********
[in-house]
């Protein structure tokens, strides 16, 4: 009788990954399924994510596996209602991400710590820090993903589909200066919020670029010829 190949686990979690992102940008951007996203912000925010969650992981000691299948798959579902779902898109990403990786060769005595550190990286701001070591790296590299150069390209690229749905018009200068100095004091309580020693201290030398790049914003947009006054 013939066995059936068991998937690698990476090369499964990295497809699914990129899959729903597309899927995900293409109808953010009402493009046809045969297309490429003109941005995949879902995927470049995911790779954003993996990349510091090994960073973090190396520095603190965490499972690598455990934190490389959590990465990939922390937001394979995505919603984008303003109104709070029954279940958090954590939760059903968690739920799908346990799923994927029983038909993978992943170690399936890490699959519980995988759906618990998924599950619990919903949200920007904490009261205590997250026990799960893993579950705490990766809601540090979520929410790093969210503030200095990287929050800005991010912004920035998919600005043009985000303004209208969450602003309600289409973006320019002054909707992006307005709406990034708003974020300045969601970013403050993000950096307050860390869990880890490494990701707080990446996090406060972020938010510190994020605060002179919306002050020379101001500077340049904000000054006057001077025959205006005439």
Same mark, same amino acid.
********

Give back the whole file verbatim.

[in-house]
């Protein structure tokens, strides 16, 4: 009788990954399924994510596996209602991400710590820090993903589909200066919020670029010829 190949686990979690992102940008951007996203912000925010969650992981000691299948798959579902779902898109990403990786060769005595550190990286701001070591790296590299150069390209690229749905018009200068100095004091309580020693201290030398790049914003947009006054 013939066995059936068991998937690698990476090369499964990295497809699914990129899959729903597309899927995900293409109808953010009402493009046809045969297309490429003109941005995949879902995927470049995911790779954003993996990349510091090994960073973090190396520095603190965490499972690598455990934190490389959590990465990939922390937001394979995505919603984008303003109104709070029954279940958090954590939760059903968690739920799908346990799923994927029983038909993978992943170690399936890490699959519980995988759906618990998924599950619990919903949200920007904490009261205590997250026990799960893993579950705490990766809601540090979520929410790093969210503030200095990287929050800005991010912004920035998919600005043009985000303004209208969450602003309600289409973006320019002054909707992006307005709406990034708003974020300045969601970013403050993000950096307050860390869990880890490494990701707080990446996090406060972020938010510190994020605060002179919306002050020379101001500077340049904000000054006057001077025959205006005439």
Same mark, same amino acid.